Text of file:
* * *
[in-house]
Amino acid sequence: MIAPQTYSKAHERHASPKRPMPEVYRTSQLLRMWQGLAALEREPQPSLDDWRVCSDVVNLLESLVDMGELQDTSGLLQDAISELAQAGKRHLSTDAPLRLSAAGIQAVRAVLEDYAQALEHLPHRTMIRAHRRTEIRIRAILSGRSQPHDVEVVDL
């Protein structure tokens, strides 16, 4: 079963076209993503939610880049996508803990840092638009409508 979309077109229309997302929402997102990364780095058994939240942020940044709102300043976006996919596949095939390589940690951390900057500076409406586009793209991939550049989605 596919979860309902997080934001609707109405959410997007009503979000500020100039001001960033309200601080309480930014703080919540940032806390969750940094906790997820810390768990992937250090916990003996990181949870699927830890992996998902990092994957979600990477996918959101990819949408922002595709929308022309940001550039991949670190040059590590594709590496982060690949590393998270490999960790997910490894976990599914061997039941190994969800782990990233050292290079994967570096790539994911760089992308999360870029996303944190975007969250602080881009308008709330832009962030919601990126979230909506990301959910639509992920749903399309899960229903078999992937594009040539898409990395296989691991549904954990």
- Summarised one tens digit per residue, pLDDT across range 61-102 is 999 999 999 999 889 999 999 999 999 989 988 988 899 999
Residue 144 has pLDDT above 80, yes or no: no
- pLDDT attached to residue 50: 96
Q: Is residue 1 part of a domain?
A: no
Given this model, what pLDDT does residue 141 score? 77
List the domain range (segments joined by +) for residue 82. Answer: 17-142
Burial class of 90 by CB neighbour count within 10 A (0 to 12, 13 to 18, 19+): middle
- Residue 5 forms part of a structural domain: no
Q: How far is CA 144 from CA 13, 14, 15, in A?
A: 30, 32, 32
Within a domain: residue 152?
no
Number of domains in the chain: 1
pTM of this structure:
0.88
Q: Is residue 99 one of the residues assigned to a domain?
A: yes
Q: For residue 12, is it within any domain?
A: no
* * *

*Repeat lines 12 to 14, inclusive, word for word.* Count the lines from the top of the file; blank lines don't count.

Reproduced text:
- Residue 5 forms part of a structural domain: no
Q: How far is CA 144 from CA 13, 14, 15, in A?
A: 30, 32, 32